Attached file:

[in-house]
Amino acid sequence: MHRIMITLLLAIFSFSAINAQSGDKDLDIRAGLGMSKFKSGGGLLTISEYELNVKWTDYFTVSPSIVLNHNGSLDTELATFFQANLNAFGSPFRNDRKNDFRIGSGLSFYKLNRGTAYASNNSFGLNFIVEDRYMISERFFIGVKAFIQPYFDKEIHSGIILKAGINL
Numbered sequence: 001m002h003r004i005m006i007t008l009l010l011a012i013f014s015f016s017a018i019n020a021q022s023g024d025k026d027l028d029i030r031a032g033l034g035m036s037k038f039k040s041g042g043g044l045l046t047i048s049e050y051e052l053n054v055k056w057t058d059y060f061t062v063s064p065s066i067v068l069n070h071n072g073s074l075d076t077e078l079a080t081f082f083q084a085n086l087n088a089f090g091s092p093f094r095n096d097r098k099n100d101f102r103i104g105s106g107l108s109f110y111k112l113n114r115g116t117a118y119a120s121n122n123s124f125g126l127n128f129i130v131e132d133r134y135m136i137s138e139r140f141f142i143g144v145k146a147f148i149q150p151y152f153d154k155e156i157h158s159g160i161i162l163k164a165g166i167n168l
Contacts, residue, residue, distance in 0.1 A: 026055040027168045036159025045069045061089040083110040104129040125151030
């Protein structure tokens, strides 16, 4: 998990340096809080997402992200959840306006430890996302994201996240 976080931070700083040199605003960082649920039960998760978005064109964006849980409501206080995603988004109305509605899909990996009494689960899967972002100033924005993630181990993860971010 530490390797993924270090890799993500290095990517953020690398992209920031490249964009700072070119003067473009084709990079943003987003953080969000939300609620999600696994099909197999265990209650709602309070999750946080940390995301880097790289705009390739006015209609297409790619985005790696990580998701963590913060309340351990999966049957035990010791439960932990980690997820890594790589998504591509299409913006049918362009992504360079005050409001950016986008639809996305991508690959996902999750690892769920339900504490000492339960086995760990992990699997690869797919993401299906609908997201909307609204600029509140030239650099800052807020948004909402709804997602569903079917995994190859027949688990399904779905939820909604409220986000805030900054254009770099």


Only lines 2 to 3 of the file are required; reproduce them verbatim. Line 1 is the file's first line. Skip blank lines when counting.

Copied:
Amino acid sequence: MHRIMITLLLAIFSFSAINAQSGDKDLDIRAGLGMSKFKSGGGLLTISEYELNVKWTDYFTVSPSIVLNHNGSLDTELATFFQANLNAFGSPFRNDRKNDFRIGSGLSFYKLNRGTAYASNNSFGLNFIVEDRYMISERFFIGVKAFIQPYFDKEIHSGIILKAGINL
Numbered sequence: 001m002h003r004i005m006i007t008l009l010l011a012i013f014s015f016s017a018i019n020a021q022s023g024d025k026d027l028d029i030r031a032g033l034g035m036s037k038f039k040s041g042g043g044l045l046t047i048s049e050y051e052l053n054v055k056w057t058d059y060f061t062v063s064p065s066i067v068l069n070h071n072g073s074l075d076t077e078l079a080t081f082f083q084a085n086l087n088a089f090g091s092p093f094r095n096d097r098k099n100d101f102r103i104g105s106g107l108s109f110y111k112l113n114r115g116t117a118y119a120s121n122n123s124f125g126l127n128f129i130v131e132d133r134y135m136i137s138e139r140f141f142i143g144v145k146a147f148i149q150p151y152f153d154k155e156i157h158s159g160i161i162l163k164a165g166i167n168l